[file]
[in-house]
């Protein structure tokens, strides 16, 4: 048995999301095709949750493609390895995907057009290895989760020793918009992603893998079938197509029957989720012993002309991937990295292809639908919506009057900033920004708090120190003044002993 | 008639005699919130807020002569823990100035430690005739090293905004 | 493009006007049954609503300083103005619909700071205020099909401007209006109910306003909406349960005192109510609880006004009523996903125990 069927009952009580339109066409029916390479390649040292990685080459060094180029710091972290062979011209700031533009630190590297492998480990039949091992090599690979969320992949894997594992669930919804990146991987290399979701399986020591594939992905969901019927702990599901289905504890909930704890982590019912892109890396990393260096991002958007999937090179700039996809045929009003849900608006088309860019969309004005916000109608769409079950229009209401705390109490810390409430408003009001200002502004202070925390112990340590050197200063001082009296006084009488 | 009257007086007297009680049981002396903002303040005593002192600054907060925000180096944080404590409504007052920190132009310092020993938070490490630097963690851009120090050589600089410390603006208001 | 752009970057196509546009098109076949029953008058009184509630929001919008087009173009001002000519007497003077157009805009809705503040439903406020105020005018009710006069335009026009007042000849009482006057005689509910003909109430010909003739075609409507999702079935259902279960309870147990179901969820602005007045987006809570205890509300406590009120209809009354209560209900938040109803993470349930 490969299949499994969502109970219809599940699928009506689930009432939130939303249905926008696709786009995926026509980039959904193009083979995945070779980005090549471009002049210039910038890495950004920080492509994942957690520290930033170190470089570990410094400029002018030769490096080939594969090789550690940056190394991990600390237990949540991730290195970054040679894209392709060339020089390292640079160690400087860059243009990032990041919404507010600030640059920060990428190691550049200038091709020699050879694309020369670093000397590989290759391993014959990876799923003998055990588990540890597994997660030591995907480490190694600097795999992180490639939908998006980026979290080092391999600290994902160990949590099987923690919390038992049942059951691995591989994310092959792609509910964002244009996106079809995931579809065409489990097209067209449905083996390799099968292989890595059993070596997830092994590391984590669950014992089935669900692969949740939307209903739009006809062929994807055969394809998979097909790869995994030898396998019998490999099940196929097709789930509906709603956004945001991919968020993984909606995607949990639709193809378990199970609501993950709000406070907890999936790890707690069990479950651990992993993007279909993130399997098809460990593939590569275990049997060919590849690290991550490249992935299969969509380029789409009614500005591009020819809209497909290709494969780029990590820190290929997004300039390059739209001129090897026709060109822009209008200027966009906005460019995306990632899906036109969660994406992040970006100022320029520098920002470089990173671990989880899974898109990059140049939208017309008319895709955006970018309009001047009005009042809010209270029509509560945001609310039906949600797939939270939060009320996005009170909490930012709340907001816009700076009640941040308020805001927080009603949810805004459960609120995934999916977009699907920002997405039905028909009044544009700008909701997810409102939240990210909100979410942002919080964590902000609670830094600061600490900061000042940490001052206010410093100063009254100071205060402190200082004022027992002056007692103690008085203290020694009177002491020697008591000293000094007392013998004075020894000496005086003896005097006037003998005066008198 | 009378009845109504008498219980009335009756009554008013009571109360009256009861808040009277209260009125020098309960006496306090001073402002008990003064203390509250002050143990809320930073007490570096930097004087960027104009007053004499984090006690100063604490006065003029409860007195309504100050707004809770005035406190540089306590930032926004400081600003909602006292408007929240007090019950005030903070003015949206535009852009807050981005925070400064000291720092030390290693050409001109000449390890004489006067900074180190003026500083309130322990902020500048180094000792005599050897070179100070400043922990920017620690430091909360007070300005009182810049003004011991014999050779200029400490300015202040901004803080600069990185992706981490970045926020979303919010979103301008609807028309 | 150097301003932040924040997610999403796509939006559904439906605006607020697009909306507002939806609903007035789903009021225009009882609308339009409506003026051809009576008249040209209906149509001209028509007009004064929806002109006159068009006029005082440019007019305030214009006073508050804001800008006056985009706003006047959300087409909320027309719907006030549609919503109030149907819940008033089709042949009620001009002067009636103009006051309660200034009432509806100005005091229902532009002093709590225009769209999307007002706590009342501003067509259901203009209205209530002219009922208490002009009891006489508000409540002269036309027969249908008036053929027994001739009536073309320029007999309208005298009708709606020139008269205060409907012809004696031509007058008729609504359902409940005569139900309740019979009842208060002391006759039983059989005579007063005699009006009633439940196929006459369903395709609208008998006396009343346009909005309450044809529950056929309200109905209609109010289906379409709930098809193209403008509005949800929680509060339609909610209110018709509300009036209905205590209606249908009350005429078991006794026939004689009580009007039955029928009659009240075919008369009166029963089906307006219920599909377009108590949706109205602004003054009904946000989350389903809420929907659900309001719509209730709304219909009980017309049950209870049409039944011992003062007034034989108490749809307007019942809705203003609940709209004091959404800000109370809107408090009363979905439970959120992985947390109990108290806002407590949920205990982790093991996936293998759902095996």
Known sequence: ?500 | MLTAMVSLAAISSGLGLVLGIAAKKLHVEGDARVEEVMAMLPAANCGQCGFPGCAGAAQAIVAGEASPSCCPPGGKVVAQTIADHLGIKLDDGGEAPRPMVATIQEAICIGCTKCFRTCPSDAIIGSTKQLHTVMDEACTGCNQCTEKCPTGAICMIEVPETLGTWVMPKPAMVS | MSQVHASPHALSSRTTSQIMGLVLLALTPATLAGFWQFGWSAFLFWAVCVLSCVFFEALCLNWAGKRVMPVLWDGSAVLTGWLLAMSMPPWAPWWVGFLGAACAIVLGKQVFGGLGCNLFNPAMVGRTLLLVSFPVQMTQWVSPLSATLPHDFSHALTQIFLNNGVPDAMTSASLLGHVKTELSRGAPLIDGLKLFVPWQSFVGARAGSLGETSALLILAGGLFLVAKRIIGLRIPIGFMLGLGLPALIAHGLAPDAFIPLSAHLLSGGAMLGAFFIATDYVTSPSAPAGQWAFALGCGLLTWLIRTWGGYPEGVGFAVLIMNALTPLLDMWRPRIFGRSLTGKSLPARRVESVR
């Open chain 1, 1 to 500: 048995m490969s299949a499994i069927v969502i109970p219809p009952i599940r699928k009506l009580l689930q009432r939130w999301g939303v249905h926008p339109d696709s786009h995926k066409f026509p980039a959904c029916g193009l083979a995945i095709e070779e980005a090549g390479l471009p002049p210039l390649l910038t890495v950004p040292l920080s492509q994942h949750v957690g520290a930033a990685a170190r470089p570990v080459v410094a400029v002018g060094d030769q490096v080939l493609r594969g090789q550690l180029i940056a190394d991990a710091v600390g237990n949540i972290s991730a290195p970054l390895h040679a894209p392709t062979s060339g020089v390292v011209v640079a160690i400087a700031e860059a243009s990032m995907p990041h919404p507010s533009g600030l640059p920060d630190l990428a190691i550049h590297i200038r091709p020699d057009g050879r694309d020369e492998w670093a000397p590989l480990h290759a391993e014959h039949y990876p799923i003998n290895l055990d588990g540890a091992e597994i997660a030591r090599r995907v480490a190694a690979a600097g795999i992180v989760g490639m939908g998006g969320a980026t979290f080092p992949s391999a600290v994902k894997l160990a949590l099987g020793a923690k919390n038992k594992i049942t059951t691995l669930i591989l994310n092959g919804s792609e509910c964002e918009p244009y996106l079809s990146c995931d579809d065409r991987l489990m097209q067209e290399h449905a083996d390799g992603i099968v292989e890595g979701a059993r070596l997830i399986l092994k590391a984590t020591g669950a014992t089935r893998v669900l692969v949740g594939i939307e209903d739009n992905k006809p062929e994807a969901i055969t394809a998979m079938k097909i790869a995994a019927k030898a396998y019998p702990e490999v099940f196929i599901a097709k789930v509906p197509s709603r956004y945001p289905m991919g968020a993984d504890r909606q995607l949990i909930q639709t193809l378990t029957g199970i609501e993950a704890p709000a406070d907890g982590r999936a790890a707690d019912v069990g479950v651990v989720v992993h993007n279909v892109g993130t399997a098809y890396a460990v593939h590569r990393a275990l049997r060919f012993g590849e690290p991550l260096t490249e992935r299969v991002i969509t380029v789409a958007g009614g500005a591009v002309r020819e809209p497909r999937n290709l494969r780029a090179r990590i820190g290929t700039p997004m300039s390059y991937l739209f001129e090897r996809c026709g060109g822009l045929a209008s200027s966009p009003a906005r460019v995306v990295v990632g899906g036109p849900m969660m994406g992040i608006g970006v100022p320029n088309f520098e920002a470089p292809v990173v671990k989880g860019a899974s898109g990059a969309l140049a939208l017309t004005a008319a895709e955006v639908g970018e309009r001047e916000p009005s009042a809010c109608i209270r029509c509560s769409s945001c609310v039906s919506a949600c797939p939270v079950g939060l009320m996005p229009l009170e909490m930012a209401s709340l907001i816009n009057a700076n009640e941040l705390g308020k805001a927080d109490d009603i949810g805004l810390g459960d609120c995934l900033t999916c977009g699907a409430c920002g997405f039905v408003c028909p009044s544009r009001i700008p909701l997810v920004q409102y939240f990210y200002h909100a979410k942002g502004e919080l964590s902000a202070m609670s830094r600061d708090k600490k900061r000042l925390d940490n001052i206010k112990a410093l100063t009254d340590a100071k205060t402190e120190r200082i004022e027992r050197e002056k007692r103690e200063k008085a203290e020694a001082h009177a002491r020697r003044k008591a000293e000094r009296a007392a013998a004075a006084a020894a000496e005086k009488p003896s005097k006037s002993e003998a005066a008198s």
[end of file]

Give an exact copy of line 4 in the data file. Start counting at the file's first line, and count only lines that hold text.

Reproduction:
């Open chain 1, 1 to 500: 048995m490969s299949a499994i069927v969502i109970p219809p009952i599940r699928k009506l009580l689930q009432r939130w999301g939303v249905h926008p339109d696709s786009h995926k066409f026509p980039a959904c029916g193009l083979a995945i095709e070779e980005a090549g390479l471009p002049p210039l390649l910038t890495v950004p040292l920080s492509q994942h949750v957690g520290a930033a990685a170190r470089p570990v080459v410094a400029v002018g060094d030769q490096v080939l493609r594969g090789q550690l180029i940056a190394d991990a710091v600390g237990n949540i972290s991730a290195p970054l390895h040679a894209p392709t062979s060339g020089v390292v011209v640079a160690i400087a700031e860059a243009s990032m995907p990041h919404p507010s533009g600030l640059p920060d630190l990428a190691i550049h590297i200038r091709p020699d057009g050879r694309d020369e492998w670093a000397p590989l480990h290759a391993e014959h039949y990876p799923i003998n290895l055990d588990g540890a091992e597994i997660a030591r090599r995907v480490a190694a690979a600097g795999i992180v989760g490639m939908g998006g969320a980026t979290f080092p992949s391999a600290v994902k894997l160990a949590l099987g020793a923690k919390n038992k594992i049942t059951t691995l669930i591989l994310n092959g919804s792609e509910c964002e918009p244009y996106l079809s990146c995931d579809d065409r991987l489990m097209q067209e290399h449905a083996d390799g992603i099968v292989e890595g979701a059993r070596l997830i399986l092994k590391a984590t020591g669950a014992t089935r893998v669900l692969v949740g594939i939307e209903d739009n992905k006809p062929e994807a969901i055969t394809a998979m079938k097909i790869a995994a019927k030898a396998y019998p702990e490999v099940f196929i599901a097709k789930v509906p197509s709603r956004y945001p289905m991919g968020a993984d504890r909606q995607l949990i909930q639709t193809l378990t029957g199970i609501e993950a704890p709000a406070d907890g982590r999936a790890a707690d019912v069990g479950v651990v989720v992993h993007n279909v892109g993130t399997a098809y890396a460990v593939h590569r990393a275990l049997r060919f012993g590849e690290p991550l260096t490249e992935r299969v991002i969509t380029v789409a958007g009614g500005a591009v002309r020819e809209p497909r999937n290709l494969r780029a090179r990590i820190g290929t700039p997004m300039s390059y991937l739209f001129e090897r996809c026709g060109g822009l045929a209008s200027s966009p009003a906005r460019v995306v990295v990632g899906g036109p849900m969660m994406g992040i608006g970006v100022p320029n088309f520098e920002a470089p292809v990173v671990k989880g860019a899974s898109g990059a969309l140049a939208l017309t004005a008319a895709e955006v639908g970018e309009r001047e916000p009005s009042a809010c109608i209270r029509c509560s769409s945001c609310v039906s919506a949600c797939p939270v079950g939060l009320m996005p229009l009170e909490m930012a209401s709340l907001i816009n009057a700076n009640e941040l705390g308020k805001a927080d109490d009603i949810g805004l810390g459960d609120c995934l900033t999916c977009g699907a409430c920002g997405f039905v408003c028909p009044s544009r009001i700008p909701l997810v920004q409102y939240f990210y200002h909100a979410k942002g502004e919080l964590s902000a202070m609670s830094r600061d708090k600490k900061r000042l925390d940490n001052i206010k112990a410093l100063t009254d340590a100071k205060t402190e120190r200082i004022e027992r050197e002056k007692r103690e200063k008085a203290e020694a001082h009177a002491r020697r003044k008591a000293e000094r009296a007392a013998a004075a006084a020894a000496e005086k009488p003896s005097k006037s002993e003998a005066a008198s």